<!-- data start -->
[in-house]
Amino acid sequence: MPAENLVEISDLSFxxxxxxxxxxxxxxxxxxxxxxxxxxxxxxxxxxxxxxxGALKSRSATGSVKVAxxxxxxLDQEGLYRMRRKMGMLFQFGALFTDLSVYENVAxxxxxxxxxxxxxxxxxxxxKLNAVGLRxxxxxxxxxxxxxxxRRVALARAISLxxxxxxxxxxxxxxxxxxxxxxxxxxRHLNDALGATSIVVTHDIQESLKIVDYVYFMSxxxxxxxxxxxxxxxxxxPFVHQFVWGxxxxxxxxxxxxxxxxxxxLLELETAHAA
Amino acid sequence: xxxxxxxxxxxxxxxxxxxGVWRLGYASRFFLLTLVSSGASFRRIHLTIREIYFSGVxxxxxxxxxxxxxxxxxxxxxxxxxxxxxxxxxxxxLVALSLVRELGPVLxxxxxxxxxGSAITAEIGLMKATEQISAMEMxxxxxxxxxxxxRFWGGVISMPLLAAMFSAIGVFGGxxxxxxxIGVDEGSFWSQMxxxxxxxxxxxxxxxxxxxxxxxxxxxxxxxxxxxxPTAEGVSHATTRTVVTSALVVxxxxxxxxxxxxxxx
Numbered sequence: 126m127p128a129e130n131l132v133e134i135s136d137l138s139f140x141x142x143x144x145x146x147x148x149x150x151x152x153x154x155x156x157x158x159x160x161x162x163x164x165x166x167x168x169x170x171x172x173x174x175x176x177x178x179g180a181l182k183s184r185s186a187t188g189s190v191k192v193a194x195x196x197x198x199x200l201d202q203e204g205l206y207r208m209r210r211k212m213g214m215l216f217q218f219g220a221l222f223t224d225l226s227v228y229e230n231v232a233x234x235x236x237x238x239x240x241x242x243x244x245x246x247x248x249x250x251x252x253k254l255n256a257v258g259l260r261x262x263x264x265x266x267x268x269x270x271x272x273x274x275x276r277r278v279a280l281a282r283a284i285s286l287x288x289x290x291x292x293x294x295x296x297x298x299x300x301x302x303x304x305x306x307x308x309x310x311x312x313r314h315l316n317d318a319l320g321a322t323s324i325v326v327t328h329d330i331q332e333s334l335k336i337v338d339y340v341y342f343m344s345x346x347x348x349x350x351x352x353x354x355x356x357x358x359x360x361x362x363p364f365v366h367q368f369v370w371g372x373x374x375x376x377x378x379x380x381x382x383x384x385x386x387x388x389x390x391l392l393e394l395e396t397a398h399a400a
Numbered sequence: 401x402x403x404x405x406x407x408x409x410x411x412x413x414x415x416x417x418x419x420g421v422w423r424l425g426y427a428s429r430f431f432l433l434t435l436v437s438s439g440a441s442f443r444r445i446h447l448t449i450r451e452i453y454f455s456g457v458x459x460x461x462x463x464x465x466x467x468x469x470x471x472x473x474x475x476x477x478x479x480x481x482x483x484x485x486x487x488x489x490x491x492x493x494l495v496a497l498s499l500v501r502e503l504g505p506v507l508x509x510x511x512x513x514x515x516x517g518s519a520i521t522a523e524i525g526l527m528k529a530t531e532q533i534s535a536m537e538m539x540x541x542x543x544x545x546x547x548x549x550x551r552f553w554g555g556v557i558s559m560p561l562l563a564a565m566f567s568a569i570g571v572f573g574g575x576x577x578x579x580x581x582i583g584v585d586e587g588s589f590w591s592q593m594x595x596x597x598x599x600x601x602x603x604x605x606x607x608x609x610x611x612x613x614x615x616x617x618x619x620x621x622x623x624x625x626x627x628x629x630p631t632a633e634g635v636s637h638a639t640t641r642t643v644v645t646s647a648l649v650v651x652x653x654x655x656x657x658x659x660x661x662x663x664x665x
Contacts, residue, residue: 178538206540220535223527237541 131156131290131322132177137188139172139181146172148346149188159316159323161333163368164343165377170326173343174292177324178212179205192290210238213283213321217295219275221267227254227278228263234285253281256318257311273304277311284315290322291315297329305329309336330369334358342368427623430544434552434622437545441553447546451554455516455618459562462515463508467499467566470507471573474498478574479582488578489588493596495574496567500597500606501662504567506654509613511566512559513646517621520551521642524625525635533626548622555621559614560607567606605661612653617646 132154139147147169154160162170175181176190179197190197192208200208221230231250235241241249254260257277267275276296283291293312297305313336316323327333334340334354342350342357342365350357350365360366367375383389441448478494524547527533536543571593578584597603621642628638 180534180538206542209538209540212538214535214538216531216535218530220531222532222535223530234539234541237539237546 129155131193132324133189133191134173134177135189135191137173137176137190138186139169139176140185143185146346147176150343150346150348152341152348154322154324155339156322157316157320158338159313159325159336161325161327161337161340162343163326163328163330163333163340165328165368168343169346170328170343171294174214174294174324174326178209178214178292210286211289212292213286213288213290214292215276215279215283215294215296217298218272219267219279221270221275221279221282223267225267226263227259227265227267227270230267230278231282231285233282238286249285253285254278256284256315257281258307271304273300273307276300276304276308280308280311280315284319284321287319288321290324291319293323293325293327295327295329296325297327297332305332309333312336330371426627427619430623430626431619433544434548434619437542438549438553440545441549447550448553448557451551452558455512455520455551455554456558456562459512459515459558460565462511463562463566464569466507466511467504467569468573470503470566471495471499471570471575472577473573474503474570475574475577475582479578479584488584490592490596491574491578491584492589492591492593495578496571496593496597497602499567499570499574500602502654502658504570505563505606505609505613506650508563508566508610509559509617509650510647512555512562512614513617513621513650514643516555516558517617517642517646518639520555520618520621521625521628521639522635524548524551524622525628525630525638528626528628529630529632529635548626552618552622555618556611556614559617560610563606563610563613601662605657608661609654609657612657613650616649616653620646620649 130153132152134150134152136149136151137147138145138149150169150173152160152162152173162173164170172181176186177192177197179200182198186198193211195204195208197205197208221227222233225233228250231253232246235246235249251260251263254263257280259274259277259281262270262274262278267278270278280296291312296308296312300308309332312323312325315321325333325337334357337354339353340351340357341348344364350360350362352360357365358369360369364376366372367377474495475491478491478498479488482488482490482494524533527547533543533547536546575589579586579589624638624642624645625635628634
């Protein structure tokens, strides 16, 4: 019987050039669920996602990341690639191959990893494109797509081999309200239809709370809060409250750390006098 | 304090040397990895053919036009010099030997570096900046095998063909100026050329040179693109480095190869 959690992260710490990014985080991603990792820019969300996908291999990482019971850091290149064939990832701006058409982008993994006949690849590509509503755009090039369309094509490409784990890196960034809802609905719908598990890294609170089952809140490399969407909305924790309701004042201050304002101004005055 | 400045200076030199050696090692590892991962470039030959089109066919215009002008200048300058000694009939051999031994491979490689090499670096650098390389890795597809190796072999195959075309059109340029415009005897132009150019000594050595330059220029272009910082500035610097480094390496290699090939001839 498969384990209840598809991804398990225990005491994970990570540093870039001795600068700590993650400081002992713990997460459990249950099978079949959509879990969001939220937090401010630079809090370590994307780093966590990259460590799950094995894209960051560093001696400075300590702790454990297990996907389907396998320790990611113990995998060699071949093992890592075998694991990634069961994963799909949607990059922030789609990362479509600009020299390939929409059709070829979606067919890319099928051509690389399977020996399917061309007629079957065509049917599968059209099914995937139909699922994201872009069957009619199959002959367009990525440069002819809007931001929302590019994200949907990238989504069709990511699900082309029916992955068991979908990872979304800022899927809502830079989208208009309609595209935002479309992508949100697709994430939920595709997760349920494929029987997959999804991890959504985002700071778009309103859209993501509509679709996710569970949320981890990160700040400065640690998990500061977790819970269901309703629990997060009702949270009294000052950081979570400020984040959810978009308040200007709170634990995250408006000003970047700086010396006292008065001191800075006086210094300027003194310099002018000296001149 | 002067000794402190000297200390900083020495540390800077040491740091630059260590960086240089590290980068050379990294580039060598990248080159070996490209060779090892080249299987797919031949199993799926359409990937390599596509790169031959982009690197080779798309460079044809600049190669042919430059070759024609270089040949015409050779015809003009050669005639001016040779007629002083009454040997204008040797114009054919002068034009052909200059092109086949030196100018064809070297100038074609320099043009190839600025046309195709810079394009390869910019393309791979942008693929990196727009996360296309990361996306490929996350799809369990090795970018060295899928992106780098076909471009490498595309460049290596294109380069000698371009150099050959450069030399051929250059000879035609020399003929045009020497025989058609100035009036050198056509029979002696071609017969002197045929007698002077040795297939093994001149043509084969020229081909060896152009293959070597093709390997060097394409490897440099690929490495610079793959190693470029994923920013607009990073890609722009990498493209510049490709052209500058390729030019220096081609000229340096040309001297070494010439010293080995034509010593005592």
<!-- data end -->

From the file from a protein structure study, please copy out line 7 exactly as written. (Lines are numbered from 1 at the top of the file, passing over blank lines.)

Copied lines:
């Protein structure tokens, strides 16, 4: 019987050039669920996602990341690639191959990893494109797509081999309200239809709370809060409250750390006098 | 304090040397990895053919036009010099030997570096900046095998063909100026050329040179693109480095190869 959690992260710490990014985080991603990792820019969300996908291999990482019971850091290149064939990832701006058409982008993994006949690849590509509503755009090039369309094509490409784990890196960034809802609905719908598990890294609170089952809140490399969407909305924790309701004042201050304002101004005055 | 400045200076030199050696090692590892991962470039030959089109066919215009002008200048300058000694009939051999031994491979490689090499670096650098390389890795597809190796072999195959075309059109340029415009005897132009150019000594050595330059220029272009910082500035610097480094390496290699090939001839 498969384990209840598809991804398990225990005491994970990570540093870039001795600068700590993650400081002992713990997460459990249950099978079949959509879990969001939220937090401010630079809090370590994307780093966590990259460590799950094995894209960051560093001696400075300590702790454990297990996907389907396998320790990611113990995998060699071949093992890592075998694991990634069961994963799909949607990059922030789609990362479509600009020299390939929409059709070829979606067919890319099928051509690389399977020996399917061309007629079957065509049917599968059209099914995937139909699922994201872009069957009619199959002959367009990525440069002819809007931001929302590019994200949907990238989504069709990511699900082309029916992955068991979908990872979304800022899927809502830079989208208009309609595209935002479309992508949100697709994430939920595709997760349920494929029987997959999804991890959504985002700071778009309103859209993501509509679709996710569970949320981890990160700040400065640690998990500061977790819970269901309703629990997060009702949270009294000052950081979570400020984040959810978009308040200007709170634990995250408006000003970047700086010396006292008065001191800075006086210094300027003194310099002018000296001149 | 002067000794402190000297200390900083020495540390800077040491740091630059260590960086240089590290980068050379990294580039060598990248080159070996490209060779090892080249299987797919031949199993799926359409990937390599596509790169031959982009690197080779798309460079044809600049190669042919430059070759024609270089040949015409050779015809003009050669005639001016040779007629002083009454040997204008040797114009054919002068034009052909200059092109086949030196100018064809070297100038074609320099043009190839600025046309195709810079394009390869910019393309791979942008693929990196727009996360296309990361996306490929996350799809369990090795970018060295899928992106780098076909471009490498595309460049290596294109380069000698371009150099050959450069030399051929250059000879035609020399003929045009020497025989058609100035009036050198056509029979002696071609017969002197045929007698002077040795297939093994001149043509084969020229081909060896152009293959070597093709390997060097394409490897440099690929490495610079793959190693470029994923920013607009990073890609722009990498493209510049490709052209500058390729030019220096081609000229340096040309001297070494010439010293080995034509010593005592």